Environmental enrichment in zoos and aquariums is often evaluated at two overlapping levels: published research and day-to-day institutional record keeping. Several authors have discussed ongoing challenges with small sample sizes in between-groups zoological research and have cautioned against the inappropriate use of inferential statistics (Shepherdson, , International Zoo Yearbook, 38, 118-124; Shepherdson, Lewis, Carlstead, Bauman, & Perrin, Applied Animal Behaviour Science, 147, 298-277; Swaisgood, , Applied Animal Behaviour Science, 102, 139-162; Swaisgood & Shepherdson, , Zoo Biology, 24, 499-518). Multi-institutional studies are the typically-prescribed solution, but these are expensive and difficult to carry out. Kuhar ( Zoo Biology, 25, 339-352) provided a reminder that inferential statistics are only necessary when one wishes to draw general conclusions at the population level. Because welfare is assessed at the level of the individual animal, we argue that evaluations of enrichment efficacy are often instances in which inferential statistics may be neither necessary nor appropriate. In recent years, there have been calls for the application of behavior-analytic techniques to zoo animal behavior management, including environmental enrichment (e.g., Bloomsmith, Marr, & Maple, , Applied Animal Behaviour Science, 102, 205-222; Tarou & Bashaw, , Applied Animal Behaviour Science, 102, 189-204). Single-subject (also called single-case, or small-n) designs provide a means of designing evaluations of enrichment efficacy based on an individual's behavior. We discuss how these designs might apply to research and practice goals at zoos and aquariums, contrast them with standard practices in the field, and give examples of how each could be successfully applied in a zoo or aquarium setting.


Assuntos
Bem-Estar do Animal , Animais de Zoológico , Comportamento Animal , Planejamento Ambiental , Criação de Animais Domésticos , Animais , Ambiente Controlado , Abrigo para Animais
4.
Zoo Biol ; 36(4): 243-249, 2017 Jul.
Artigo em Inglês | MEDLINE | ID: mdl-28627010

RESUMO

Environmental enrichment techniques present animals with cognitive challenges while providing them opportunities to make choices and exert control over their environment. In this way, cognitive research and training is enriching to animals and can be used as a form of enrichment in zoos and aquariums. Cognitive research demonstrations also provide an opportunity to enhance visitor experience, as well as foster interactions between animals and keepers. We investigated how cognitive research sessions involving eastern box turtles (Terrapene carolina carolina) at Disney's Animal Kingdom® impacted both the rate of visitors coming to the exhibit and the amount of time they spent engaged. Further, we used a questionnaire to assess the impact of keeper participation in these sessions on their relationships with and perceptions of the turtles. While visitation rate to the exhibit was not impacted, cognitive research sessions held visitor attention for longer than keeper interpretation or at times during which no keepers or researchers were present. We also found that keepers that had worked with the turtles for longer and keepers that regularly participated in cognitive research sessions reported stronger bonds with the turtles. Our research suggests that use of cognitive research and training demonstrations for guest viewing in zoos and aquariums may enhance visitor learning opportunities by increasing the amount of time they spend at the exhibit. Our study also provides evidence that participation in such demonstrations by zoo and aquarium professionals can be related to improved keeper-animal bonds, potentially resulting in better husbandry and enhanced animal welfare.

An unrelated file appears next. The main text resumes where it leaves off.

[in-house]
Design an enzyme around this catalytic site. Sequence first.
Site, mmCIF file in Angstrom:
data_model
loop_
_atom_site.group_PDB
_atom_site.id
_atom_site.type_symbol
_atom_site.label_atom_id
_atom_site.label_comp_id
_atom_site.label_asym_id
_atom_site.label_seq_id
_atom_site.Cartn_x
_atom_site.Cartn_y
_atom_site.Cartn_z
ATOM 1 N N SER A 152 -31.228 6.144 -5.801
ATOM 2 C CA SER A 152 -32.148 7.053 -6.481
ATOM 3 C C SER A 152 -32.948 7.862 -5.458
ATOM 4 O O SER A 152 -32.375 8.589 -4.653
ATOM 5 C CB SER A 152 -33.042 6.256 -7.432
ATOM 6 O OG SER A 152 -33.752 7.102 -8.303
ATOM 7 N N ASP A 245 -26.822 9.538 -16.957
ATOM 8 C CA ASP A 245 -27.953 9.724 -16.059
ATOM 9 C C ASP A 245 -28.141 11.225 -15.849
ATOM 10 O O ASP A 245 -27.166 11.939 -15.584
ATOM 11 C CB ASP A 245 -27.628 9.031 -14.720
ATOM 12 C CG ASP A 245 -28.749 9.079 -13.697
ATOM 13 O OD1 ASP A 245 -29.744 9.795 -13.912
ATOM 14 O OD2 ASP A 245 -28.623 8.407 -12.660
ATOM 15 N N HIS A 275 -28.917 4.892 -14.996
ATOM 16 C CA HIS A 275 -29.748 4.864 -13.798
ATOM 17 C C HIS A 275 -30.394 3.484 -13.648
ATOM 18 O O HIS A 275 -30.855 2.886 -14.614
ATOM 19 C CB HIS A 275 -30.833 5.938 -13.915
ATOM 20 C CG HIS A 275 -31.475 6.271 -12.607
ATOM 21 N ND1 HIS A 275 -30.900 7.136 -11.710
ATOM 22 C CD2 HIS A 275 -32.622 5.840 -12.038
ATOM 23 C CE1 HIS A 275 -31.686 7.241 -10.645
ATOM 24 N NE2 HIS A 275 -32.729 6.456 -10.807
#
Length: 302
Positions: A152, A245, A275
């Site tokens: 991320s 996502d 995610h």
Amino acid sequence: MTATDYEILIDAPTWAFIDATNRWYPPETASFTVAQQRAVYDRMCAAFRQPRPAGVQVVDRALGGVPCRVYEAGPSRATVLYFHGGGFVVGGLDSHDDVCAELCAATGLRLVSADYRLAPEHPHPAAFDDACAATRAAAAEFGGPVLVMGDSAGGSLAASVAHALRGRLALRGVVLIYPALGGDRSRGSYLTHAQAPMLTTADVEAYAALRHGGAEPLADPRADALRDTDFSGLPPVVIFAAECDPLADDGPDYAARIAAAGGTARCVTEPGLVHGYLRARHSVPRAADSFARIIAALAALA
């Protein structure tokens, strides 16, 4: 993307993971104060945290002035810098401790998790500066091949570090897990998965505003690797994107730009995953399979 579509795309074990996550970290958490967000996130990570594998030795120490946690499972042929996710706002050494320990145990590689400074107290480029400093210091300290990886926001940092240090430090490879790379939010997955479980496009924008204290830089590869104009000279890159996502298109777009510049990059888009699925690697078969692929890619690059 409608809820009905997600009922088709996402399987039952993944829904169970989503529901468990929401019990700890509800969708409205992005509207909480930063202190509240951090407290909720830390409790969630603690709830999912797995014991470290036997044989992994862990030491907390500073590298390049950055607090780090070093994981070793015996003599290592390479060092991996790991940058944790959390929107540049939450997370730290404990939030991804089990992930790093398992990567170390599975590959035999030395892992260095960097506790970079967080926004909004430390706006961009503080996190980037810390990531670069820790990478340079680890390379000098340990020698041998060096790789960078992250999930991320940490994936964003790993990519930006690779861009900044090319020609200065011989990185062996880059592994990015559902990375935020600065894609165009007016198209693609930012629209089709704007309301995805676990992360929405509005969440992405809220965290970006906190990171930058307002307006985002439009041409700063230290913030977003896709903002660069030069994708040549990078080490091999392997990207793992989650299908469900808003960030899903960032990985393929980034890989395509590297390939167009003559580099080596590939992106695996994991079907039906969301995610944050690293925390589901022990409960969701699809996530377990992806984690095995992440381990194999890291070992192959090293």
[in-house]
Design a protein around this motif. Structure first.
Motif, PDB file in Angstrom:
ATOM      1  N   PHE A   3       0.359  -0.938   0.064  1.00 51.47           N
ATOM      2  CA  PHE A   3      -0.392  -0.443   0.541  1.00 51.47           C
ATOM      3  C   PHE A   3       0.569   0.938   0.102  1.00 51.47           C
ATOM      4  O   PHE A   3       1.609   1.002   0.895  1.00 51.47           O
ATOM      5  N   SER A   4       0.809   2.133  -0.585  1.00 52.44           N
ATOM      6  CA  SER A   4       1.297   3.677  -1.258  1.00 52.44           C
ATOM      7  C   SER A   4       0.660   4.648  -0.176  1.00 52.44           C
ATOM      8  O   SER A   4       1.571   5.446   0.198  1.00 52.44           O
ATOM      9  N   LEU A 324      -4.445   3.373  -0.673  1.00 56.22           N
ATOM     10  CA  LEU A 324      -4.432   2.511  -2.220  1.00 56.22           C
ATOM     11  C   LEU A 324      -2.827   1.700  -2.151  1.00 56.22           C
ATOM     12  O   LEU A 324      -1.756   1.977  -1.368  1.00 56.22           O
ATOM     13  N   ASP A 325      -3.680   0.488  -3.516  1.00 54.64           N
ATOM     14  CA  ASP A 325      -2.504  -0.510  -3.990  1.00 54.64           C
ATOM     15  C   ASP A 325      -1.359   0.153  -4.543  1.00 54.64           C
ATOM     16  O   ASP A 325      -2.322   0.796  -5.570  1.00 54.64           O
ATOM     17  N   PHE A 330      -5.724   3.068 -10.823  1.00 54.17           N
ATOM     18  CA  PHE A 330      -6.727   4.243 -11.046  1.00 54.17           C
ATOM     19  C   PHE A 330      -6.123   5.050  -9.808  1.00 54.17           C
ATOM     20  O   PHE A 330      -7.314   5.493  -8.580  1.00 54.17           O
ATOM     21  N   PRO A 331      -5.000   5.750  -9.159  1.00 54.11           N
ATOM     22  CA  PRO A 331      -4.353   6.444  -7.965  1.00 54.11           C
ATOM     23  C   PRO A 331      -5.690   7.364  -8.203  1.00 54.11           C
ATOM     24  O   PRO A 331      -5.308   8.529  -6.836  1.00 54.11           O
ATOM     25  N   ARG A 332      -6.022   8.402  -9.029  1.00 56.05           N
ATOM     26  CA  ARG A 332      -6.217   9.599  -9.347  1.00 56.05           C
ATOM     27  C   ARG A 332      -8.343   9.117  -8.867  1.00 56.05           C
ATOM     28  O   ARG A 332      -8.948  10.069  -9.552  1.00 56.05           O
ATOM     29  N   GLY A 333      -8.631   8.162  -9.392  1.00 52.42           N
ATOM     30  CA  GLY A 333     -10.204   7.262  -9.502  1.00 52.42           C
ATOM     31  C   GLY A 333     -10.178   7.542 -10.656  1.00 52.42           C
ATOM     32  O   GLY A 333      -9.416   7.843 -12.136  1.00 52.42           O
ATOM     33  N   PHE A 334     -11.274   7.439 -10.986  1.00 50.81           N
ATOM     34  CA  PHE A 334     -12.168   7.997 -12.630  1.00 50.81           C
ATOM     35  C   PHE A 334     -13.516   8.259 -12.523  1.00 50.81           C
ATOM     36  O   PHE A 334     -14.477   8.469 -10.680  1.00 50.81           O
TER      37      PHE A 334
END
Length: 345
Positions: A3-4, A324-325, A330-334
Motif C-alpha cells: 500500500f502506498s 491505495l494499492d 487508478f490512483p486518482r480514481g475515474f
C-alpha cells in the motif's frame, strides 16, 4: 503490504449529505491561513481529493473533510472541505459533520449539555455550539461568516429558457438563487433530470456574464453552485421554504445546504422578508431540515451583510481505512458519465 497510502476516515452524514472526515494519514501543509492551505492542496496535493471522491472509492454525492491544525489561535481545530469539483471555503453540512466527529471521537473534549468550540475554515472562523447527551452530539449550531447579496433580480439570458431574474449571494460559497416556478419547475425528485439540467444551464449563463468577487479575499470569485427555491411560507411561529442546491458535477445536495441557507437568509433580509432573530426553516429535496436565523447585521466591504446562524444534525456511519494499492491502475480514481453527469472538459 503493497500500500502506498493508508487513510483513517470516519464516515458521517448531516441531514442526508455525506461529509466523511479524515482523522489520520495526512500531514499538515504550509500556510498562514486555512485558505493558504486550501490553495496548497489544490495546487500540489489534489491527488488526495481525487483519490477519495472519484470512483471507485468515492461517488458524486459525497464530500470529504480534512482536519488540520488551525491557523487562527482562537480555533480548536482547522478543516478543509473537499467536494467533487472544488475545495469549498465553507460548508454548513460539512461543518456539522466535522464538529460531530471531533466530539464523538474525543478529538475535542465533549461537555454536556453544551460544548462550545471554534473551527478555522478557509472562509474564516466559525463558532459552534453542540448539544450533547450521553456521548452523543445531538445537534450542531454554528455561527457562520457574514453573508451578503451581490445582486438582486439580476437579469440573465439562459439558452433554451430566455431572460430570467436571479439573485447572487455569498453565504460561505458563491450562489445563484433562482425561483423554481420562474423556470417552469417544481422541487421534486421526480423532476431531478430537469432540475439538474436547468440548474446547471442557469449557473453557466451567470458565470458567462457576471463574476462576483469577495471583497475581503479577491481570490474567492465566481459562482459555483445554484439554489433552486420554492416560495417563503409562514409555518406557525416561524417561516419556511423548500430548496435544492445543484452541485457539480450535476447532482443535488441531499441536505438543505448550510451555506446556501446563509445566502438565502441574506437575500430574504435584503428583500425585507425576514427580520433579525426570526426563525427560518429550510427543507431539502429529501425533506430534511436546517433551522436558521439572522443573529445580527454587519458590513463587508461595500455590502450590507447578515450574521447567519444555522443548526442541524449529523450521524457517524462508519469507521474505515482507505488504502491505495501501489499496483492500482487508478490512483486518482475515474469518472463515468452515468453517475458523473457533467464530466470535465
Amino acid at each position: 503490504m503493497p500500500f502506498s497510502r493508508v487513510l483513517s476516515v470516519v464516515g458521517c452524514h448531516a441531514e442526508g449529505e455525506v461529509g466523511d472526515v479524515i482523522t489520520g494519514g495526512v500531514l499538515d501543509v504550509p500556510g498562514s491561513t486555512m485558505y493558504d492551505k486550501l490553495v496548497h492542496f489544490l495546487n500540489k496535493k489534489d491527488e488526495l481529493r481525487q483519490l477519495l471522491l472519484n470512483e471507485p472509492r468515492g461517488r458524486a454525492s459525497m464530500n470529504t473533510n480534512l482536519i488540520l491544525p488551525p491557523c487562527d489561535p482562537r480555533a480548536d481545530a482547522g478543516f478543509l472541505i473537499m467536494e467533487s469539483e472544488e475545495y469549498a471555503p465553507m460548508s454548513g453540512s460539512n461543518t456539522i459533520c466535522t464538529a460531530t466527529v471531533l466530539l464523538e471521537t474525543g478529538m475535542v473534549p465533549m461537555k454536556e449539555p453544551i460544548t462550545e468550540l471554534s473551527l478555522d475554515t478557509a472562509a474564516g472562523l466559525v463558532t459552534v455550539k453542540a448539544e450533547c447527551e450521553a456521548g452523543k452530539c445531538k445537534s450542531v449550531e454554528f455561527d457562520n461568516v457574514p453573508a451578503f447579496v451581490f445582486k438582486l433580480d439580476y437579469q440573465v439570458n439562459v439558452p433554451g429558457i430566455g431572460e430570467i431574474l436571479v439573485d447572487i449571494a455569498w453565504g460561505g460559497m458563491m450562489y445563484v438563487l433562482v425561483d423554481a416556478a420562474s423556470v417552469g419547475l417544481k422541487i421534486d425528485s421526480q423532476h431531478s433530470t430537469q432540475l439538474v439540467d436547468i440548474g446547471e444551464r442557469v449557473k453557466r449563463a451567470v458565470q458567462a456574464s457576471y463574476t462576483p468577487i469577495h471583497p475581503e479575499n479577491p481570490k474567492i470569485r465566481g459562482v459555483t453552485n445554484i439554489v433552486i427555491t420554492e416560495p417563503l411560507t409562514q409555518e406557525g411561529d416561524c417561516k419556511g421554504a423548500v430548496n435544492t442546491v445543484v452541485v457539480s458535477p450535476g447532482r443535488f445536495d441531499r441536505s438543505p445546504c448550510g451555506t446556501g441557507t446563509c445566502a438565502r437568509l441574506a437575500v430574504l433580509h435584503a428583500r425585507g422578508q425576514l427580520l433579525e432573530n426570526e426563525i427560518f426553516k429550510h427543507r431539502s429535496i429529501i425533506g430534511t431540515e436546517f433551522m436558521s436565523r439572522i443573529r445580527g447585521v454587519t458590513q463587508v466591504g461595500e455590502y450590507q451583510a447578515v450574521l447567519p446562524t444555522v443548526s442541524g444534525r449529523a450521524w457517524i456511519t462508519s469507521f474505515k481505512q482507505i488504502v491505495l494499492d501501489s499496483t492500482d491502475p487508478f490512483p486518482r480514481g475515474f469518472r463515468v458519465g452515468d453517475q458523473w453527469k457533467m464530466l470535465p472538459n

Assuntos
Animais de Zoológico , Comportamento Animal/fisiologia , Cognição/fisiologia , Tartarugas/fisiologia , Criação de Animais Domésticos/métodos , Bem-Estar do Animal , Animais , Vínculo Homem-Animal de Estimação
5.
Zoo Biol ; 35(5): 409-414, 2016 Sep.
Artigo em Inglês | MEDLINE | ID: mdl-27526328

RESUMO